Estrella Mountain Regional Park is the nearest park from our winter home in Buckeye, Arizona. Last year we hiked on several of its many trails only three times. The park is not the most visually appealing. It isn’t a gorgeous desert like Sedona or Monument Valley. It isn’t a beautiful desert like the Superstition Mountains. It isn’t even a pretty desert like the White Tank Mountain Park, Estrella is simply a desert. The park’s primary natural attribute is that there are some very old giant saguaro (sa·hua·ro) cacti in the park. Estrella Mountain Park is similar to what I imagined Arizona to be like before we started our visits in 2009.
Estrella Mountain Quail Trail
The park has regular programs and activities that we enjoy. There are interpretive hikes, bird walks, kid’s programs and many more programs by the park rangers and guest presenters. And, of course, miles of hiking trails to be explored.
Last January my wife, Lynn, and I endured a cold snap in the Phoenix area. A 25-year temperature record was broken with 20s for lows and mid-50s for highs (-6 to 10 degrees C). Not wanting to skip our twice-weekly regular hike on one cool Saturday, we waited until late afternoon to hike instead of our usual morning departure. As we were scheduled to meet some friends at a wine bar near Estrella Park for the evening, it made sense to revisit the park since it’s only a couple of miles from what would be our final destination for the evening.
View of the White Tanks from Quail Trail
After exploring hikearizona.com, a site we check often to pre-plan our hikes, we found we’d already traversed several of the recommended trails. Looking at the park’s online trail map, however, I noticed a trail we hadn’t hiked before. Quail Trail is short, dusty, and only one-mile (1.6 km) in length; however it intersects one of the prettier trails in the park, Rainbow Valley Trail.
At a minimum we like to hike at least three miles (about 5 km), so we decided to take Quail to Rainbow Valley Trail, walk the valley trail for a distance and then retrace our steps back to the car. The two trails wind around the northwest edge of the park providing a beautiful view of a nearby golf course, the city of Goodyear and most impressively, the White Tank Mountains. Off to the west is our town, Buckeye.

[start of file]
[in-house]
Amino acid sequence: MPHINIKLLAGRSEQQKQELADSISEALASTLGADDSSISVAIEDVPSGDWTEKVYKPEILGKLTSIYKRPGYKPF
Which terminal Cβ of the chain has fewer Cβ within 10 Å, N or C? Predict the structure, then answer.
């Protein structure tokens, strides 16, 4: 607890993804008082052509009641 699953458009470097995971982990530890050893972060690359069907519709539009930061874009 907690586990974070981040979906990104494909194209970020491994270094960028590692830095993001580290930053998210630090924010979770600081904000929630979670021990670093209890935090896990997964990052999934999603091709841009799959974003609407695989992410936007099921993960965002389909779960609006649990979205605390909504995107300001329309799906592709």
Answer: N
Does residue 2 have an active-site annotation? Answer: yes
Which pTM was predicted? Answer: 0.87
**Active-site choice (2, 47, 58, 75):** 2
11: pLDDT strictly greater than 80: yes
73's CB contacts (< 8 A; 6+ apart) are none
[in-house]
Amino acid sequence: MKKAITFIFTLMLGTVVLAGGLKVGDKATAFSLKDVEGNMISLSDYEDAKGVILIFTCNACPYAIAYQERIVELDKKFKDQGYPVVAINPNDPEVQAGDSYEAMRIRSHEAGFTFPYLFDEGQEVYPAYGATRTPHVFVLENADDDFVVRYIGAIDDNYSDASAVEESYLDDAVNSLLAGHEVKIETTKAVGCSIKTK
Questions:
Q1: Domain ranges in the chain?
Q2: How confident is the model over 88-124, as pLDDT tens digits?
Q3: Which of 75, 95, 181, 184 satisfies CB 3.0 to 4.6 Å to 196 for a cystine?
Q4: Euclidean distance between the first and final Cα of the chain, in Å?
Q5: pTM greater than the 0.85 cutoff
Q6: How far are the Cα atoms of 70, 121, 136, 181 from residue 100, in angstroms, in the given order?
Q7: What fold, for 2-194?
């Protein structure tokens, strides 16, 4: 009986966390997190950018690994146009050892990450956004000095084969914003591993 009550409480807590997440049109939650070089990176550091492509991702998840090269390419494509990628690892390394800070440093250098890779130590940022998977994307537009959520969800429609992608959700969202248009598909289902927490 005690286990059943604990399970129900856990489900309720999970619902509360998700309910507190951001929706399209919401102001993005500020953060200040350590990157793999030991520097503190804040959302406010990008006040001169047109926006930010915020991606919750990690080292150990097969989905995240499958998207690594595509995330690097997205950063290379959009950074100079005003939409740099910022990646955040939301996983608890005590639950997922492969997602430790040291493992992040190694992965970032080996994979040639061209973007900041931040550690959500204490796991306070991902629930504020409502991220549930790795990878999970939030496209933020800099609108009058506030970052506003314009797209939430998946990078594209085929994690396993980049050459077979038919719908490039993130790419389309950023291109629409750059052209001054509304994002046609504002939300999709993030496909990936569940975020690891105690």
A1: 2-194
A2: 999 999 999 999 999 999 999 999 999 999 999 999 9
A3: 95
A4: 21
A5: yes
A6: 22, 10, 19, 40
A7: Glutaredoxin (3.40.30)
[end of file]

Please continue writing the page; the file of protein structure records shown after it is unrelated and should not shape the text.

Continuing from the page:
Usually on a Saturday, the trails are full of people. Apparently the cold weather prevailed as we saw only a few other hikers. As we prepared to enter the trailhead, three young adults, lightly dressed with shorts and light jackets were leaving the trail. Along the trail, we passed one couple hiking with their dogs. The hiker’s faces were covered with heavy scarves and warm jackets that I thought would be suitable for a snowy winter’s day in Fargo, North Dakota. The only other group we passed was a family of four on their mountain bikes. They had just come from the west on Rainbow Valley Trail. I know from experience in walking that part of the trail that they were challenged coming up the hill on the northwest side of the mountain.
An old saguaro
The trails meander by several large, very old saguaros. The saguaro cactus is a fascinating desert plant. It is found only one place in the world, the Sonoran Desert in southern Arizona and northern Mexico. The saguaro is a long-lived plant, often taking more than 75 years to grow its very first “arms”. From afar, they look like an apt subject of an Ansel Adams photograph, but looking close up, it’s easy to see that age, woodpeckers and other nesting birds and animals take their toll.
Lynn is dwarfed by two giant saguaros
Though we prefer a loop trail where the view is different from beginning to end, an in-and-out trail has its advantages. You can walk as far as you’d like away from the car, and you get to decide when you are ready to return. If it was a hard climb up, your half-way point can be a little further as it will be downhill going back. After only about a mile and a half (2.4 km), we decided it was time to head back. We weren’t getting tired, but the wind was coming up and wearing only sweatshirts and lacking gloves, we started feeling the cold. The desert gets cold very quickly once the sun gets close to setting.
The walk back would be mostly downhill, and we would meet our goal of at least a minimum three-mile (4.8 km) hike. The shadows were getting longer as we quietly and quickly walked back to the trailhead. Sometime, when it’s a bit warmer, we need to make this hike again. I know just where I want to be at sunset. I will have the camera set up, and I expect the photo to be magical.